Nope. Not this stalwart, never-say-die young lady. Hanne made her way back to the runway for the 2008 shows.
"For most girls making their living as fashion models, that accident could easily have ended a career," I tell her. "And yet, you fought back, you put up with many surgeries and intense pain for over two years. And finally, you pick yourself up, dust yourself off and hop on the runway again. That in itself
is pushing the boundaries, right?"
"Yeah... yeah... guess so, right?" she smiles coyly. "But to me,
it was more personal than that. Moving to New York had brought about so much change and I felt like I was starting all over again. And I didn't want to give that up. I didn't want to be back in Belgium, you know, I'd made a great couple of friends here already in that one year. I knew I didn't want to lose that. Going back to Belgium wasn't an option."
Hanne looks around the room quietly. She turns back. She seems to be studying
me. It's a little discomforting. I'm being sized up for something.
"Peter," she says, "I need to tell you this. It was at this point I made a pact
with myself: I was going to do something for intersex."
"Do you think you'd been saved for that by some higher force?" I ask.
She smiles. "Never know, do you."
Having starred in campaigns for Dior, Alexander Wang, Mulberry, Balenciaga and others... and walking the runway for huge fashion houses like Chanel, Givenchy and Prada... it only seemed natural for Hanne to use this high-profile position to raise awareness about the arbitrary operations intersex children too often undergo. Still, there's no question she is taking a risk, being out front as one of the first high-profile people to disclose her intersex status.
"I know people, intersex people, with the same condition as me, but they didn't have the surgery," Hanne tells me. "And they live happy, healthy lives. Even if they struggle psychologically with being intersex, I do believe people who don't have the operations have fewer psychological traumas. They still feel more
complete. But me? I feel like something has been taken away from me… for no reason."
"Hanne, as far as I know, you're the only celebrity who's publicly disclosed your intersex status," I say. "Was there any push-back from the people who manage you or your friends or your family?"
"Peter, it just happened," she explains. "It was the right time, the right moment. I had
a very good support system behind me. So... why not do it, right? And so far, no bad commands at all. And if there were negative commands, I'd be, like, 'I'm so sorry for you!' If somebody wants to be ignorant, I don't care, I just don't care. That's where modelling has given me the thickest skin. You know, as a model you get criticized… I mean, you get compliments but you also get criticized, so you get a thick skin."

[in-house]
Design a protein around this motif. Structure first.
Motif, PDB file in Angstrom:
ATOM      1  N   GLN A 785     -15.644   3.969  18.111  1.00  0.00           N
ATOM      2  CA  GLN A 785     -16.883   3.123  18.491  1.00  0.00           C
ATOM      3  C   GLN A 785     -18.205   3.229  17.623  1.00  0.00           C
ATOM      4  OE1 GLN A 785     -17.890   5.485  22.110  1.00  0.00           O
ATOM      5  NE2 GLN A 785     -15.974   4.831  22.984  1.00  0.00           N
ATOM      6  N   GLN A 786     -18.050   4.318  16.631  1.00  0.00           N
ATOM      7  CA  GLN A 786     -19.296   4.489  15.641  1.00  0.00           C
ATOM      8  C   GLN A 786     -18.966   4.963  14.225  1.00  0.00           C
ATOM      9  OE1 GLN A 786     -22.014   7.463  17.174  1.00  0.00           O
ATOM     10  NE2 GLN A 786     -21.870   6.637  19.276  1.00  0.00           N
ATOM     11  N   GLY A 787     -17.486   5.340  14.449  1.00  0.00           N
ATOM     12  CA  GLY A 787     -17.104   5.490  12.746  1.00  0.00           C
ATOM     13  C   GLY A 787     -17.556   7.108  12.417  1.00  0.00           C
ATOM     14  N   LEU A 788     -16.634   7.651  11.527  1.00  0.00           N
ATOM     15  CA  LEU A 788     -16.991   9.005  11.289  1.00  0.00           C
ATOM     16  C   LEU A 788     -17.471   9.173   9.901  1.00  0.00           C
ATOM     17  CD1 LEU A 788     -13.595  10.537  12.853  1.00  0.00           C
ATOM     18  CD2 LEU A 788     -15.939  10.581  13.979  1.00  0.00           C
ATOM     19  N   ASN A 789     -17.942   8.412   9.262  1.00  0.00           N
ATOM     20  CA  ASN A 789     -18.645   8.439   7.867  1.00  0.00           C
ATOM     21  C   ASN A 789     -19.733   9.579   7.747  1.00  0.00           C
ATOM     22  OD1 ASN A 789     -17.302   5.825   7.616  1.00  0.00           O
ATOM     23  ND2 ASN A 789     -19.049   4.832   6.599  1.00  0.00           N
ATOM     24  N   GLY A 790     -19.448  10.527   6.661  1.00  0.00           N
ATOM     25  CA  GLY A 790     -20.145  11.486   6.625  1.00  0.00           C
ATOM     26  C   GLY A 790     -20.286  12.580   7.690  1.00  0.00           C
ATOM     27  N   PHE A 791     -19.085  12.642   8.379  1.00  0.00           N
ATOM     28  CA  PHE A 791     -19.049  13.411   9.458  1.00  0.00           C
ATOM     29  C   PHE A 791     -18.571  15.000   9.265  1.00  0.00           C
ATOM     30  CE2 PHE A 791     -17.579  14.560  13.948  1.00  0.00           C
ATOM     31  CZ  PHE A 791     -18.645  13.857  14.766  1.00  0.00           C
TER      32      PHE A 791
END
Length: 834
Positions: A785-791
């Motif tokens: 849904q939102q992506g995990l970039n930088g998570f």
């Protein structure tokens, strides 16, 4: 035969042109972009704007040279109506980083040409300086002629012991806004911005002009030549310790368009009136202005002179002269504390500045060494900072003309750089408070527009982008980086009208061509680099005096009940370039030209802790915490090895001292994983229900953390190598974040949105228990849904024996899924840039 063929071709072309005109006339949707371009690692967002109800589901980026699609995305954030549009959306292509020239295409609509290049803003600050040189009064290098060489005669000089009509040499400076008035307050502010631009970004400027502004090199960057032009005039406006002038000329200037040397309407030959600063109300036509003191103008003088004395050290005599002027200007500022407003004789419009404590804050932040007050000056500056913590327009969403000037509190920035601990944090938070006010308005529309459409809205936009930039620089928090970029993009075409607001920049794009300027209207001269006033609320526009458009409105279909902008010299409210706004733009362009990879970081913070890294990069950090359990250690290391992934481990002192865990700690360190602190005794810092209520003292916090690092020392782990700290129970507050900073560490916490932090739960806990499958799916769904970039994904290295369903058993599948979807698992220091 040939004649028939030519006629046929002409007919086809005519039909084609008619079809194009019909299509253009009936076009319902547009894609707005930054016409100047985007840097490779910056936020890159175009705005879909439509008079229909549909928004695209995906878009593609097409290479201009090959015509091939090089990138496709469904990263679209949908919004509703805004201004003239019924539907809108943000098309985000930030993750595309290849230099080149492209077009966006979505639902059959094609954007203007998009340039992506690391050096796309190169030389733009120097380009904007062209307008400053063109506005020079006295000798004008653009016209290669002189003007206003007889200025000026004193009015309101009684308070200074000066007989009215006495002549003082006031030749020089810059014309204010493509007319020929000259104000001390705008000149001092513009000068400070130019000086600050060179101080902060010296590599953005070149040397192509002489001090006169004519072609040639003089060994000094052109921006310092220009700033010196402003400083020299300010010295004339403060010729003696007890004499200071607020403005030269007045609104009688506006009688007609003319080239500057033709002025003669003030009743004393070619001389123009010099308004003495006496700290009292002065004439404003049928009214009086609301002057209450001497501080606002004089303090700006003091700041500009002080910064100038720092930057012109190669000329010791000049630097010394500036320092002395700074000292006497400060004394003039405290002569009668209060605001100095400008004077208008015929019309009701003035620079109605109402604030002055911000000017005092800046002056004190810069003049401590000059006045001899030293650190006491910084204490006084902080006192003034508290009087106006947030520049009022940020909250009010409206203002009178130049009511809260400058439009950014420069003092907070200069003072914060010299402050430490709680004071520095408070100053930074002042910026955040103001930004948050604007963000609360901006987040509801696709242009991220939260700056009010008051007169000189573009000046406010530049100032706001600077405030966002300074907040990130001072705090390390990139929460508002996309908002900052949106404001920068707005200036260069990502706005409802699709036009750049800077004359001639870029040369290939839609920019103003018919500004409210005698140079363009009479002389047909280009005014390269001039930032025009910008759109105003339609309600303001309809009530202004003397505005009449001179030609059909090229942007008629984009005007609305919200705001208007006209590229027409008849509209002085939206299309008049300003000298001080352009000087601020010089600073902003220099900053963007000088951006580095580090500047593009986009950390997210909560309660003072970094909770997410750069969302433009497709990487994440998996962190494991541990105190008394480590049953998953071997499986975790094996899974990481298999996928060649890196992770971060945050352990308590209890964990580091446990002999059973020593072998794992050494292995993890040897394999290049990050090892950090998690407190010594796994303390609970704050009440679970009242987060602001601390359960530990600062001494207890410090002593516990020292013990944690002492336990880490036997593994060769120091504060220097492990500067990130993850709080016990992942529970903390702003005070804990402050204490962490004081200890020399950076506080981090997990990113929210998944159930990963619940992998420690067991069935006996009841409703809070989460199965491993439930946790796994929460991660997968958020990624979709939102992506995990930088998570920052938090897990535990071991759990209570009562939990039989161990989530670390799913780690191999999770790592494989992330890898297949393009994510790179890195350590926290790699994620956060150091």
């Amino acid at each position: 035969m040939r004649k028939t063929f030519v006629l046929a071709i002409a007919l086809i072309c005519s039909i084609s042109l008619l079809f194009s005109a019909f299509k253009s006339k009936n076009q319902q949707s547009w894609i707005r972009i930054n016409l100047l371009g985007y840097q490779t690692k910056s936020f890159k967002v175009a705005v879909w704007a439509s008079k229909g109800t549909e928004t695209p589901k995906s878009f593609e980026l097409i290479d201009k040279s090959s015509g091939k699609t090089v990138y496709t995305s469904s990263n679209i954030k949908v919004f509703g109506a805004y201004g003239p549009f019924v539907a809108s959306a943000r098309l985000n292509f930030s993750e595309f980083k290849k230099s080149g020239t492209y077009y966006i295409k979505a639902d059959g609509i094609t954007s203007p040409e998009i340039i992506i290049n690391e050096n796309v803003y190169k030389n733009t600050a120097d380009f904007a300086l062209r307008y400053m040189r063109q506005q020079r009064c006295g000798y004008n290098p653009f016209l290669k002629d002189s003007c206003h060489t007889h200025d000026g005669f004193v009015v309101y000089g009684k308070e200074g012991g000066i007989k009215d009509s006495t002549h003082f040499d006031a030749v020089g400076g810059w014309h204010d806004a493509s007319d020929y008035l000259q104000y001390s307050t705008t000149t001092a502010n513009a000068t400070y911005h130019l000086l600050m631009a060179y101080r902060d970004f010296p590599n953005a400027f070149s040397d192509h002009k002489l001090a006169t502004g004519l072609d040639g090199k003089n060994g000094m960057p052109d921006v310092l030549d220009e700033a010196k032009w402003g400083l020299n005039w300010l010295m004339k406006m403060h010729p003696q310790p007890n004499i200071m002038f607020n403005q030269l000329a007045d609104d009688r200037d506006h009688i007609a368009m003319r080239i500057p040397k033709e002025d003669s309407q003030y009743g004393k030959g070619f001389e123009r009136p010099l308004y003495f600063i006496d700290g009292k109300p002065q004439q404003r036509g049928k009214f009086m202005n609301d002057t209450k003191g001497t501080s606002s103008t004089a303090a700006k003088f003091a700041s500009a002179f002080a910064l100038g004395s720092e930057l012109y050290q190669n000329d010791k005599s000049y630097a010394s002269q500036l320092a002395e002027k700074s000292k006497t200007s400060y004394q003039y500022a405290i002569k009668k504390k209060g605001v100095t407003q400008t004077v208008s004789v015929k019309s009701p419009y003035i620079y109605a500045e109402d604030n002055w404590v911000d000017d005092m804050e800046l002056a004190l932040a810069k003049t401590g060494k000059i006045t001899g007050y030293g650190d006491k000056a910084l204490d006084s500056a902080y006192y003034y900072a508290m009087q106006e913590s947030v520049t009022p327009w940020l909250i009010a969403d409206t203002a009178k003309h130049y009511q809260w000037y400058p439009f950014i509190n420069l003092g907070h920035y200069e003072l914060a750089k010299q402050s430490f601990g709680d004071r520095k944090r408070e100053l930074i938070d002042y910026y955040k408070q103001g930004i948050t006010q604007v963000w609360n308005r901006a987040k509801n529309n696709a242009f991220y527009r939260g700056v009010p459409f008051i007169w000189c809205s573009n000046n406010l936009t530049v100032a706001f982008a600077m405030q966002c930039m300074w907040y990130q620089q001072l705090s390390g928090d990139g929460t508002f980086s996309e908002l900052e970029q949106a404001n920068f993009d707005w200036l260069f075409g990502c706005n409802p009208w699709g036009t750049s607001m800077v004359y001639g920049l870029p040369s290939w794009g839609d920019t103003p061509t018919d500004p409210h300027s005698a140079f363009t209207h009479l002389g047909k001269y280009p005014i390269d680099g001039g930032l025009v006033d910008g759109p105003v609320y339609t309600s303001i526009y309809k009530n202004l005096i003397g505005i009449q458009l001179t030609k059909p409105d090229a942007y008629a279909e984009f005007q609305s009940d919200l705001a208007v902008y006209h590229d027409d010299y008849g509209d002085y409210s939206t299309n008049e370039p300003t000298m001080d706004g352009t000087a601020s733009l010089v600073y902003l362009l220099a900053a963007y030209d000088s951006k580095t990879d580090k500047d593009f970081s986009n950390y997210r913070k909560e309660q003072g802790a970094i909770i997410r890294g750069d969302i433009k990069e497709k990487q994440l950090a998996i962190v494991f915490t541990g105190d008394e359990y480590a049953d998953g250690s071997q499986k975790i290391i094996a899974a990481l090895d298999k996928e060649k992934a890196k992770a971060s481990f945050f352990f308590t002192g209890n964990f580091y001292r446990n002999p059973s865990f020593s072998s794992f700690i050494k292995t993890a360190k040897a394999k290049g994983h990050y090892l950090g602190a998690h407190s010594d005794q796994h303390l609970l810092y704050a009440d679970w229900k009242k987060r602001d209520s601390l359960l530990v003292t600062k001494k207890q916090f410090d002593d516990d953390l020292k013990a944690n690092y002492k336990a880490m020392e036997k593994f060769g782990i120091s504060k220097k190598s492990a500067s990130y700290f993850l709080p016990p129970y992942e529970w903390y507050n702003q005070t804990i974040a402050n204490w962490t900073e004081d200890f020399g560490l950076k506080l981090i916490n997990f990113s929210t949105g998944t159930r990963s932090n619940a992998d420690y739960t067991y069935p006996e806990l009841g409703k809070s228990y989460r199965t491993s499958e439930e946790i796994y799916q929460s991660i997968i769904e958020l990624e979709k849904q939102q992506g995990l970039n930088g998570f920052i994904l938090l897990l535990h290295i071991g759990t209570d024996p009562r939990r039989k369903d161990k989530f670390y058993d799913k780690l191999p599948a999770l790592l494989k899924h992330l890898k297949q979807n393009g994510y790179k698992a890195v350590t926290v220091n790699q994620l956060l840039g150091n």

"I hear you," I say. "But did you ever pause even for a moment and say, 'Hmmm
… this could affect my career. I wonder if I should do this, come out?' Was that ever an issue?"
"You know what, I'm super happy that I waited for a long time to come out. In my career, you know how it becomes: 'Oh, we booked Hanne to be our model because of this or that'. But me having a career now for 12 years has proved it doesn't matter. I mean, 10 years ago, I probably wouldn't have come out because it would have just seemed like some trend, you know. But I've proved enough: it doesn't matter. Before, no one knew and it didn't matter. It didn't matter for 12 years. So why should it matter now? I'm really happy
about intersex. I wanted to show the world that there are so many kids who are unhappy, but the doctors still do these surgeries. And I was like, I have to do something. This can't be happening anymore. So I wanted to use my platform, to be there for those young kids and others who are struggling with this... and other gender issues as well , not just for intersex but for gender issues in general."
"I love your enthusiasm," I tell her. "Let me ask this: are you able to put intersex aside? It's such an important part of your life, but can you forget it for a while, just hang with friends?"
"Oh yes, of course ," she says smiling. "Intersex is part of who I am, but it's not who I am. It does not define me. My friends don't go, 'Oh, here she comes: miss intersex'. No, no, it doesn't define who I am."
There's lots more to learn about Hanne Gaby Odiele. As I write this, my manuscript for "Pushing The Boundaries" is being considered by a publisher. All things being equal, 2019 should see the book in print.